There are deserts that span vast distances around the world. They lack the resources to support the diversity of life seen in
places that have sufficient environmental conditions that allow for growth of foliage allowing animals to live, survive and thrive.
The definition of a desert by Wikipedia is:
“A desert is a barren area of landscape where little precipitation occurs and consequently living conditions are hostile for plant and animal life.” The application of this definition in many ways can be applied to under-served communities across this nation that suffer from lack of educational materials promoting reading.
Even though there are books in schools, libraries and community centers conditions may not be motivating for children in under-served communities.
Looking at the Twitter tags #BookDeserts, #BookDesert, #ReadingDeserts, there is a serious discussion promoting literacy
in communities. When there are children that love to read it can be challenging to find materials that excite them and their passion to learn about the areas they love.
Stated by Derrick Young (Mahogany Books in Washington, D.C.) about book deserts, “A book desert isn’t a community-created
situation.” Derek Young states, “It’s because other people have decided not to invest into these communities. It’s not because these communities aren’t readers.”
As an educator and two children attending universities I understand that education is an investment that has long term
applications, people living in distressed areas are on survival mode and not seeing long term events because they are surviving from day to day. Aida a mother and grandmother understands
the value and importance of reading. She taught her children that reading is a foundation to educational success.
As an inner city Title 1 teacher over 20 years I have seen students attention directed to just living, not worrying about where the next book will be coming from.
So books may not be available to inspire reading. Studies in 2015 and 2016 have shown that book deserts exist when there is a rise in income segregation, lack of infrastructure investment or financial stability is affected by job loss, incarceration and even when a school receives a failing grade on state assessments and funds are cut.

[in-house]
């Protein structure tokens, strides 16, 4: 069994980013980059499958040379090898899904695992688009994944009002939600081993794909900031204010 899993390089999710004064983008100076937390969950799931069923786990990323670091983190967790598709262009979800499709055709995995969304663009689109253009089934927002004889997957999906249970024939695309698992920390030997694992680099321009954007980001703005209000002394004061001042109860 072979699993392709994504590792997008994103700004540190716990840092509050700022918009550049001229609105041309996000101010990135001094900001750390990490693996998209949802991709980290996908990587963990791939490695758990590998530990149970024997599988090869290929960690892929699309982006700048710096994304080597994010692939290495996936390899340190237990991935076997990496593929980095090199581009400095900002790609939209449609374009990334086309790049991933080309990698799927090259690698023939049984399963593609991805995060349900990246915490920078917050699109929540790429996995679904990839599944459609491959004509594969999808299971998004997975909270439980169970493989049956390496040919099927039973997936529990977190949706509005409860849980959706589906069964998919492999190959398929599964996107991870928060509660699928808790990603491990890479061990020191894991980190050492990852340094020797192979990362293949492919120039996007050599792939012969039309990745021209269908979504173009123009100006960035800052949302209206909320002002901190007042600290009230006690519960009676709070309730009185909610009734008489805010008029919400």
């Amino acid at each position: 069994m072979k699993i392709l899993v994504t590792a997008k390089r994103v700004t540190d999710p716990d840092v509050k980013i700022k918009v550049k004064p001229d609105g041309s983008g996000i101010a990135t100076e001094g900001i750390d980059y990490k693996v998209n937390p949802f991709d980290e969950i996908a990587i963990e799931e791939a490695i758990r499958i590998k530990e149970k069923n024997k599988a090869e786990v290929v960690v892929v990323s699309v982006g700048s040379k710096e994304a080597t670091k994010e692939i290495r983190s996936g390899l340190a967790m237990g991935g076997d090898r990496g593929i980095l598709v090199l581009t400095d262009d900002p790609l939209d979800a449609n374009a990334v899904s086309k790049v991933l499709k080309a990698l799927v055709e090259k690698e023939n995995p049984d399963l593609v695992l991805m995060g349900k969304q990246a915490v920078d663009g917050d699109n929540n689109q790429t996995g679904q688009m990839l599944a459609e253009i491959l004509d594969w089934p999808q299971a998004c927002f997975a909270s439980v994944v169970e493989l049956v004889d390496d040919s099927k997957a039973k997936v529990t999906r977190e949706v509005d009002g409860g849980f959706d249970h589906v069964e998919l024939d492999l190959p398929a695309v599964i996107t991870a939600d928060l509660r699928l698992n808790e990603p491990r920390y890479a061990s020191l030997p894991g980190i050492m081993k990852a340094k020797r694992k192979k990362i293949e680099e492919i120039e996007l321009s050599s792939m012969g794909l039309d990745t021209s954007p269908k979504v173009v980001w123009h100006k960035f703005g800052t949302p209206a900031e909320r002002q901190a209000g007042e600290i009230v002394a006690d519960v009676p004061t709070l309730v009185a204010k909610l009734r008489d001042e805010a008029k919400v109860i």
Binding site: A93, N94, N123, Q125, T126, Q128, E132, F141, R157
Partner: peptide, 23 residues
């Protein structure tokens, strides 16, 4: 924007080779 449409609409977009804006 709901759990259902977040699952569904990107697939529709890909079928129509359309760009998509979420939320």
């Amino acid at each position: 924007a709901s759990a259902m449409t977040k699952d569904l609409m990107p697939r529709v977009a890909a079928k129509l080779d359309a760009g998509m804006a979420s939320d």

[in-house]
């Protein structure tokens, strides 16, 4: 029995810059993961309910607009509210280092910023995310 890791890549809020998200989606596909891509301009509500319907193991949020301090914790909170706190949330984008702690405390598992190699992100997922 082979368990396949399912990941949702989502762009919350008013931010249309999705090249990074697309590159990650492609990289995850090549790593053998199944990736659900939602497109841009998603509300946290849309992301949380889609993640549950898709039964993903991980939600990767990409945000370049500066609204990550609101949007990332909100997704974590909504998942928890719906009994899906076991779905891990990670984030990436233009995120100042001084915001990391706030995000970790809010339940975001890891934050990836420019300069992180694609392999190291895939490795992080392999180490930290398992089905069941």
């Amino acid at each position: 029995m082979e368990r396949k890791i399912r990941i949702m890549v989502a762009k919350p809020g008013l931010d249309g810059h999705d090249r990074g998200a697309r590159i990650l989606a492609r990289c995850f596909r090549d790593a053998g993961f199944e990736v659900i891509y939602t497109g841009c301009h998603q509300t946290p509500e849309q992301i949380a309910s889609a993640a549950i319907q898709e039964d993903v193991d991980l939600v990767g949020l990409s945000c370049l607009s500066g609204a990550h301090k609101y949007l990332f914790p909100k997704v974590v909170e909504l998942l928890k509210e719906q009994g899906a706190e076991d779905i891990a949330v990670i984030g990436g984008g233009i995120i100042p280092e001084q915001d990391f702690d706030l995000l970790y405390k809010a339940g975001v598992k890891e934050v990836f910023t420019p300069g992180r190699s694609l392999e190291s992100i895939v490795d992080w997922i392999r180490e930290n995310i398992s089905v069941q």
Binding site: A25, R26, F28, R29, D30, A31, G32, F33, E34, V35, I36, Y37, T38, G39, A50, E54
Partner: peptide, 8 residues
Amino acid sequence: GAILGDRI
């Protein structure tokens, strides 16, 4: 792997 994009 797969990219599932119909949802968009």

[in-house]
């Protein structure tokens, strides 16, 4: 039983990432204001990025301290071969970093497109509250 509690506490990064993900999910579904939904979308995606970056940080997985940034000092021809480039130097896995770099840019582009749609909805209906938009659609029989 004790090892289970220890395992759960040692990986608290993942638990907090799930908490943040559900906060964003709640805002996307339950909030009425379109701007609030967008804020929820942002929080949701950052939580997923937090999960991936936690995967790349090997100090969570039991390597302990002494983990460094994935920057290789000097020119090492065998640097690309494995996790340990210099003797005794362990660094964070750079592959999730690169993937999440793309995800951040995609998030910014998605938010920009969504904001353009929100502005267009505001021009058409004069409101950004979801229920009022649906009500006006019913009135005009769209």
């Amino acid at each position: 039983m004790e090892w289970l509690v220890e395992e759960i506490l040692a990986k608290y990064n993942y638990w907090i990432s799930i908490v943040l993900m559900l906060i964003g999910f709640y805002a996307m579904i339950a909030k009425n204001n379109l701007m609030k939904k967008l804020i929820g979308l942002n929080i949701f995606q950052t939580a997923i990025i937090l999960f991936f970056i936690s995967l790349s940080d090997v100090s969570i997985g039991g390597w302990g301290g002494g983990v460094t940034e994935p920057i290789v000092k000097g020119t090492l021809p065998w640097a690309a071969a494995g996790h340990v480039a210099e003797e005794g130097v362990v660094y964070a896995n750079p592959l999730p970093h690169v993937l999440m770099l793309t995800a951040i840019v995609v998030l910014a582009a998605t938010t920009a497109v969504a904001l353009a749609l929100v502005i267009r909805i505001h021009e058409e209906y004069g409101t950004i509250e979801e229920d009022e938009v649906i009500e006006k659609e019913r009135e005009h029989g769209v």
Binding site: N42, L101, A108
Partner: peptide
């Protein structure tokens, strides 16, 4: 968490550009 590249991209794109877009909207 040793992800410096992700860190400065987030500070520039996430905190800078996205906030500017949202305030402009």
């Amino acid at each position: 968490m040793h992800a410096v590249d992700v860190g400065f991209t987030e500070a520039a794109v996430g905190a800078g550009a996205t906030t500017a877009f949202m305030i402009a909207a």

Negatively impacting a family’s and community’s capability to provide reading material. The focus changes and diminishes the chances of academic success. The impact on adults is big as well,
children do not see their parents reading the newspaper or books so they do not have role models or engagement to talk
about the news and current events.
Even neighborhood libraries face challenges because their materials maybe old, outdated and not culturally relevant. If a child does not see themselves in a book they may not want to read it if there is no previous exposure. Jacksonville Public Libraries often work within communities to provide resources and materials that broaden the vision of children and create a welcoming environment for Black, Latina, White, Asian, etc. There are still some parents that do not access the resources because of their lack of reading skills or past experiences.
In Jacksonville, Florida there are book stores “Chamblin” that have books bursting out of the walls to be purchased and can even be returned in exchange at a lower cost for other books. Teachers can even have accounts setup for their classrooms so students can purchase books and the teacher can pay for all or part of the book.
In this digital age where information sharing, collaboration and knowledge-based application is important. Reading is an essential skill that transcends generations, genders, lifestyles and cultures. Communities of color sometimes lack the educational investments necessary to inspire children, youth, teens and young adults to read, but parents do guide their children to educational success
and movement, parents are the first role models by modeling.
Too often the societal perception and even the media has the idea that people in challenged or poor neighborhoods don’t care about the achievement of their children. This is further from the truth, parents in under-served neighborhoods want the best for their children, because of circumstances in finances, educational lacking, and other social issues do not have the means to provide proper and lasting resources.
Bookstores like “Chamblin” and Jacksonville Public Libraries fill the gap in book deserts so long as there is proper investment and a vision for growth and success to meet the needs of diverse communities.
Parents make 2018 the year of engagement with your children to get them to enjoy reading. Make it a part of your and their life every day. Over 200 Books for and about People of Color and Culture.